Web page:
A thousand miles journey starts with a single step

Often assignments from foreign principals are very interesting. One gets the opportunity to experience differences in business cultures and business views.

In this case I was instructed to build a market presence in Western Europe. My principal was based in London. The semi-products originated from Eastern Europe. Logically these products were supposed to be marketed in Western Europe, especially into Germany.
The strategy used appeared not working successfully. Based on the principle of taking giant steps towards fast results, the entire production capacity was sold into traders. Although the capacity quickly was sold, later on the process stagnated. The end-users appeared to be reticent towards the volumes offered.  A prompt change in strategy followed. However the direct consumers approach didn’t show immediate success. Very little progress was made. As usual new entries were more than welcome to have influence on price levels, however these prospects mainly remained just prospects.

First sell small before big, so quote big before small
Commodity traders are used to think large volumes of standardised product, but the end-users have to deal with dozens of customers who do order minor volumes. Even more there with sufficient reliable suppliers, suppliers with reputations, western origins, bespoke product specifications, nobody was awaiting a new entrant.

The sales call at a German prospect was going well. The MD, Frenchman, replied on numerous questions I asked. He gave me essential details about purchase, planning. All quite important aspects but even more important I asked him a lot about his customers, what they wanted, how they ordered what he had to do for them, which products, what the implications of all these requirements were, how his co-workers dealt with it, which procedures and what that meant for his suppliers. I also asked what he personally thought was important.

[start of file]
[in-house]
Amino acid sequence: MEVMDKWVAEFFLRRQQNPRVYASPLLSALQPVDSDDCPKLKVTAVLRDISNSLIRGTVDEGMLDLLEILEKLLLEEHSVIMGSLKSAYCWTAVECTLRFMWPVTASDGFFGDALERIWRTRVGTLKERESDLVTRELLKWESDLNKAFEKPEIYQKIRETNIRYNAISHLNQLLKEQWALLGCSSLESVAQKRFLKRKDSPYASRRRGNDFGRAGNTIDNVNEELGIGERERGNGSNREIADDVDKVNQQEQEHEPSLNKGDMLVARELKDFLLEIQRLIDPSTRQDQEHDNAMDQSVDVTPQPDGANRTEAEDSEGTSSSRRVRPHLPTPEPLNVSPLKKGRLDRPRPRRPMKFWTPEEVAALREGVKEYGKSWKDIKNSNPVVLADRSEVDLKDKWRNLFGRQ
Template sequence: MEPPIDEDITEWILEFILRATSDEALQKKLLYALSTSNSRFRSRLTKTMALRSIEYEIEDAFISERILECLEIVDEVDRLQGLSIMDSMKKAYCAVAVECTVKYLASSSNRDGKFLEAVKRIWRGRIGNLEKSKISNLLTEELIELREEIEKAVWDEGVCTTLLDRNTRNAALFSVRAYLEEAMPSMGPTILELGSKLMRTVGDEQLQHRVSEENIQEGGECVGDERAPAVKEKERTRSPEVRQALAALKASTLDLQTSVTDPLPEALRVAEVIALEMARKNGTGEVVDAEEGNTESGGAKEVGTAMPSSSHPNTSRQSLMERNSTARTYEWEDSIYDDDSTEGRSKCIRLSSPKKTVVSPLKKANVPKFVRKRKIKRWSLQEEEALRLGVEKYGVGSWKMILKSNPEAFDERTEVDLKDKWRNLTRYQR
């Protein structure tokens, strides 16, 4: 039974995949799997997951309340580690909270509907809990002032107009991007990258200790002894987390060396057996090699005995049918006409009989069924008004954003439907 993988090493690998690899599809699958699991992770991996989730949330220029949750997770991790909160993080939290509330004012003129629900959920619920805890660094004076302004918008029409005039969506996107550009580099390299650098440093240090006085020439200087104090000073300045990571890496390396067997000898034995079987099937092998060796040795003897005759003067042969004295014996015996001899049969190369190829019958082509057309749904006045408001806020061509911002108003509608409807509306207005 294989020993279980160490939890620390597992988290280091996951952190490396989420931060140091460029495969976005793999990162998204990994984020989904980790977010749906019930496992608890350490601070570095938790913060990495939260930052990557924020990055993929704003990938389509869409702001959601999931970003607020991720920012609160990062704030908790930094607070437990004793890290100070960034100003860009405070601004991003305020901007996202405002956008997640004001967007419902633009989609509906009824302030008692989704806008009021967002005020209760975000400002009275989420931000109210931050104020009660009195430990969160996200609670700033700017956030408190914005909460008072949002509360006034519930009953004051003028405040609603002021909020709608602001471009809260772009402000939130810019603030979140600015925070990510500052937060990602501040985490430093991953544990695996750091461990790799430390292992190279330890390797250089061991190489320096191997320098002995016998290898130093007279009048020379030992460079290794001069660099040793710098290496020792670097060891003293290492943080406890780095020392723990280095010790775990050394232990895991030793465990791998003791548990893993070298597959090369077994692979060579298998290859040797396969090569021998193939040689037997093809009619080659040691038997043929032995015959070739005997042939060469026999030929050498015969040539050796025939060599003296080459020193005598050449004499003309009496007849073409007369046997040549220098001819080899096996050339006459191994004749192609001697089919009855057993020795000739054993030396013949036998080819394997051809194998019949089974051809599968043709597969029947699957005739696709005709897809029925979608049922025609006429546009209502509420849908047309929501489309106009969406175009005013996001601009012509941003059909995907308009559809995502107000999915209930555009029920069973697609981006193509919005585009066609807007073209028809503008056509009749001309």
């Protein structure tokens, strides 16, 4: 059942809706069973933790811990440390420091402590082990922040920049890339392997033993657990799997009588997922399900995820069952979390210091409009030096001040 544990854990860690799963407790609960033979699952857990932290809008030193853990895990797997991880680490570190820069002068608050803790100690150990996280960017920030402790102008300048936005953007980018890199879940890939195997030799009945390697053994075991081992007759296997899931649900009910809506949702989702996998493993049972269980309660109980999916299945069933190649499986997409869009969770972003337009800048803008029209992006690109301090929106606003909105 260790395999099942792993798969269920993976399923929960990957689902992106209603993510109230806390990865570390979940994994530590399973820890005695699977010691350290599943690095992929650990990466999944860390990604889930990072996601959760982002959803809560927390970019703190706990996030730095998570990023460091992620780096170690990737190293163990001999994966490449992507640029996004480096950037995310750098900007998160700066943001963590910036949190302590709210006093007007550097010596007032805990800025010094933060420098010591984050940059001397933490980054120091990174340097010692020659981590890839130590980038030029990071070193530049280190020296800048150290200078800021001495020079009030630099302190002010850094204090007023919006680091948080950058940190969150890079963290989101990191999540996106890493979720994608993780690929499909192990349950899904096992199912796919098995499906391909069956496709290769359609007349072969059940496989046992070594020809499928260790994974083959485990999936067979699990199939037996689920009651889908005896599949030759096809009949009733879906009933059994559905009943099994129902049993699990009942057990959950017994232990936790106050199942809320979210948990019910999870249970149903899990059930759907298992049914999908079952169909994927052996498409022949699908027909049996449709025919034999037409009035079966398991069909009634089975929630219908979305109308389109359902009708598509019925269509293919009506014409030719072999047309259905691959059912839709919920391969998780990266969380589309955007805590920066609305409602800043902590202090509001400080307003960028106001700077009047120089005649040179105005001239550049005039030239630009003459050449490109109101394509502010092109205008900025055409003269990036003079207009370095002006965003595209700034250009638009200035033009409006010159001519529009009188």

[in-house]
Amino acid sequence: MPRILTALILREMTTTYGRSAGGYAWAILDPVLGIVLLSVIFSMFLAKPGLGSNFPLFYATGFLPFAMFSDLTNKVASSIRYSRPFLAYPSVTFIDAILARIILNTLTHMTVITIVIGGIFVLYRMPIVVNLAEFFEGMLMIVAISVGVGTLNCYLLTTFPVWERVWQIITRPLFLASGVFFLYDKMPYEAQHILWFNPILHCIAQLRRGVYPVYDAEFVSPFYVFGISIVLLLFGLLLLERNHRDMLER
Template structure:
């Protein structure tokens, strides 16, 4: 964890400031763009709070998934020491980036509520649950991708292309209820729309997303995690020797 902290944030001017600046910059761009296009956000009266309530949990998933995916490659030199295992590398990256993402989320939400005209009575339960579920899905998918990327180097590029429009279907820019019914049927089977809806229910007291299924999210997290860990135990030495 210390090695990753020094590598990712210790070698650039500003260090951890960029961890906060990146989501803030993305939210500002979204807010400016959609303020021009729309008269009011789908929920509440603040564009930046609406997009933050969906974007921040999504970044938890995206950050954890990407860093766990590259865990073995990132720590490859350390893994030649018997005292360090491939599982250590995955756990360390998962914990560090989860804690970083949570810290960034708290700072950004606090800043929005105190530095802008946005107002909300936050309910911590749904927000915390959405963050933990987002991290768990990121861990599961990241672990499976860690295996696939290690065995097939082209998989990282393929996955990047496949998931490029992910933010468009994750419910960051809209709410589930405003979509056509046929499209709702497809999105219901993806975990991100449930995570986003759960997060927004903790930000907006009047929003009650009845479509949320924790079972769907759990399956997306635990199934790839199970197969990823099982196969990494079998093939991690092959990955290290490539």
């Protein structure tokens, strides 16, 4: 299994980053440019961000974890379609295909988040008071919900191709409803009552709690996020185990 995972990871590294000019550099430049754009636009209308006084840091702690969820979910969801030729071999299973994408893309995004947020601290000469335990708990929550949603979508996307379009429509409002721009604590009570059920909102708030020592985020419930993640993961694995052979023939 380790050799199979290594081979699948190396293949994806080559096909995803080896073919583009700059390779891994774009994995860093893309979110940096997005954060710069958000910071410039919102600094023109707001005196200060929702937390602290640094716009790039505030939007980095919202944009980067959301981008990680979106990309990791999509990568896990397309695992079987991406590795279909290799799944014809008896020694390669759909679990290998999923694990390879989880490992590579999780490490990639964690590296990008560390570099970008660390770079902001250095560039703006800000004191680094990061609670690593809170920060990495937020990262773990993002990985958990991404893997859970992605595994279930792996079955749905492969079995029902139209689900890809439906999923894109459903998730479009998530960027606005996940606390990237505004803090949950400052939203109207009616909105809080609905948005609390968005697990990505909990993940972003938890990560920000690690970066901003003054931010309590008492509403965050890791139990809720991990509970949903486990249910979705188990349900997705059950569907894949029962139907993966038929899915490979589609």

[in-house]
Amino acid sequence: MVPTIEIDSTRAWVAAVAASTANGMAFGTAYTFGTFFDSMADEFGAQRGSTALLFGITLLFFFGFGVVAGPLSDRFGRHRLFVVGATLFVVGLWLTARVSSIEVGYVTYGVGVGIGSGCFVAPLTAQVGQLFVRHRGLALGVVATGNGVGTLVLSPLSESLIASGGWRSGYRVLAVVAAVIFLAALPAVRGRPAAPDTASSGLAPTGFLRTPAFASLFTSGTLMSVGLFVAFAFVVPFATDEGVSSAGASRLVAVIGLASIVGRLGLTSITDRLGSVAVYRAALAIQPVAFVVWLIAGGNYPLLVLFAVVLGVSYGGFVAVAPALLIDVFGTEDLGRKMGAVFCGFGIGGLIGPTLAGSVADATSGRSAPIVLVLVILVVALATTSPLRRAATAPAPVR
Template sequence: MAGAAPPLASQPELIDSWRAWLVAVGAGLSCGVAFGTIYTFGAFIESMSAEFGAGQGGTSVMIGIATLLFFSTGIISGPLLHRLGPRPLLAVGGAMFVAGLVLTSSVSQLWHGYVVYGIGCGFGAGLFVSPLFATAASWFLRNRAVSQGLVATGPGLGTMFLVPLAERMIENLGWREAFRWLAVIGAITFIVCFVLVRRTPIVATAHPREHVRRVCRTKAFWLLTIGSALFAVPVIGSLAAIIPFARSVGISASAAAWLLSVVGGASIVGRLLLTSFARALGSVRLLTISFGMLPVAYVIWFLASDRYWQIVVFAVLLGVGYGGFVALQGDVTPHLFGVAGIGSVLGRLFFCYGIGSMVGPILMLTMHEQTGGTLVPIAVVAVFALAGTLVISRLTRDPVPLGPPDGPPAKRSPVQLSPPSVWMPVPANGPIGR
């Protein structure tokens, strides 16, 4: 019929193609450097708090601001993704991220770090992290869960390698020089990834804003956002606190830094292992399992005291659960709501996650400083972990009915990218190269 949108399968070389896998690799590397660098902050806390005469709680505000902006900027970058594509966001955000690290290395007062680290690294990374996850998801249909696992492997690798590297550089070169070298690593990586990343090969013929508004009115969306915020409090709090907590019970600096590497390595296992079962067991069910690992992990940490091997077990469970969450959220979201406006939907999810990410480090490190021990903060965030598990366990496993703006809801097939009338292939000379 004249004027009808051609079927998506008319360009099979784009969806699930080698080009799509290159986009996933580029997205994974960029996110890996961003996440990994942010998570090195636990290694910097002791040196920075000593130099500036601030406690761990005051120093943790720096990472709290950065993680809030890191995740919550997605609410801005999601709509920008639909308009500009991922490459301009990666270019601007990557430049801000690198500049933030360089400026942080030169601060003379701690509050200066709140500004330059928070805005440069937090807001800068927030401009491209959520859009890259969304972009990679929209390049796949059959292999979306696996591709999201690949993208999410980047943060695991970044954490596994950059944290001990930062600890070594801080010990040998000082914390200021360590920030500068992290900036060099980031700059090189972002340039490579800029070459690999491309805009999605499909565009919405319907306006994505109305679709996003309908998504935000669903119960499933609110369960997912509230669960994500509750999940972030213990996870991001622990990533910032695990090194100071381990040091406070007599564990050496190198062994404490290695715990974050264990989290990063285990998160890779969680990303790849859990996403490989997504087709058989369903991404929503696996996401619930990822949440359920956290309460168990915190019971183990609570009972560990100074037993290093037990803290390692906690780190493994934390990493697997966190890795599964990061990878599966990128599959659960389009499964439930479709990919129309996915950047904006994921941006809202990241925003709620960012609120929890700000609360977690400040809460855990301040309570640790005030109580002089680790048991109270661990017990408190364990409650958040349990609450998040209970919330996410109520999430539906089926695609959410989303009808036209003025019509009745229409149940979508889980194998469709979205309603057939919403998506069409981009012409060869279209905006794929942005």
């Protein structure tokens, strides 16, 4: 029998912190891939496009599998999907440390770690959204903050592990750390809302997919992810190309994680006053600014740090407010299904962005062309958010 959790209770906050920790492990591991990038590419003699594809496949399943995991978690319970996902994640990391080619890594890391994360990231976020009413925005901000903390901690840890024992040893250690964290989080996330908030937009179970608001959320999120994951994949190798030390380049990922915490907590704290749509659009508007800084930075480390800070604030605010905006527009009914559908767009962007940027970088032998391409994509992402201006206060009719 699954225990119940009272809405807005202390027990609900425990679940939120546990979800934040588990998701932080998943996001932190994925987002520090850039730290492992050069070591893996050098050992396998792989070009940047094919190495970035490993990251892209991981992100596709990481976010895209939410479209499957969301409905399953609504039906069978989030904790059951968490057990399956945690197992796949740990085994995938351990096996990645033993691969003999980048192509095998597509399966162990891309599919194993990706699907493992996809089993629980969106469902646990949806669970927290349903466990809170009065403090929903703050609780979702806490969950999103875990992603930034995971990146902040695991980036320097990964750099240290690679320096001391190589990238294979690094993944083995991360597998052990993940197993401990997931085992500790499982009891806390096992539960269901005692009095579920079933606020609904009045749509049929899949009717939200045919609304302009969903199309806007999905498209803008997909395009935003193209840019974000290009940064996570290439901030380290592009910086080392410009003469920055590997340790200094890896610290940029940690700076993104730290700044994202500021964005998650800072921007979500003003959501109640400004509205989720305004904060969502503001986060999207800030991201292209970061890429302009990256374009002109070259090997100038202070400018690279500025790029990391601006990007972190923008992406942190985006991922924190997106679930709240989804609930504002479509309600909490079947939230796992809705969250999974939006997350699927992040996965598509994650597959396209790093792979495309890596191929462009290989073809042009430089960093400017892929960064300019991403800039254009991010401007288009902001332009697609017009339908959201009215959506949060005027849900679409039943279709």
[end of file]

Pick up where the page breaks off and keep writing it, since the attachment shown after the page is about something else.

At a given moment we discussed order sizes. I told him I really preferred minimum order sizes of 400 metric tons. I deliberately mentioned this quantity which corresponded with the former trader’s approach.  For the size of the customer, with 3 production locations, it was not even that huge. But nevertheless such an order, valued over 700.000 euros, was still something rather scary.
Then I proposed to supply one load of 20 tons against a premium price. Relieved by this proposal he accepted the deal.  But I insisted to be personally present at the (trial) production out of the material. Six months later the customer happily bought monthly volumes of 600 – 800 metric tons on quarterly agreements.

The aim was reached by offering the customer what he needed. Not by delivering what he required. What this client really needed was the trust from his operators in his choice of supply. My presence and attention at the trial production helped very well. Of course the test went OK. After the persuasion came the motivation to establish a good relationship. According to Lao Tzu:  ‘A thousand miles journey starts with a single step’.

Do you know what your customer requires or do you know what he really needs? Do know how you to help him? Is it the same as what you offer?

Klaas Meekma.

Latest columns


 
 
social-twitter   social-twitter

Contact information

  • Adres: 1a, Baakhoven
                  NL6114 RJ  Susteren
                  Netherlands
  • Tel:      +31 46 449 7346
  • Mob:    +31 6 2279 6617
  • Email:  This email address is being protected from spambots. You need JavaScript enabled to view it.
imonkeys seo webdesign li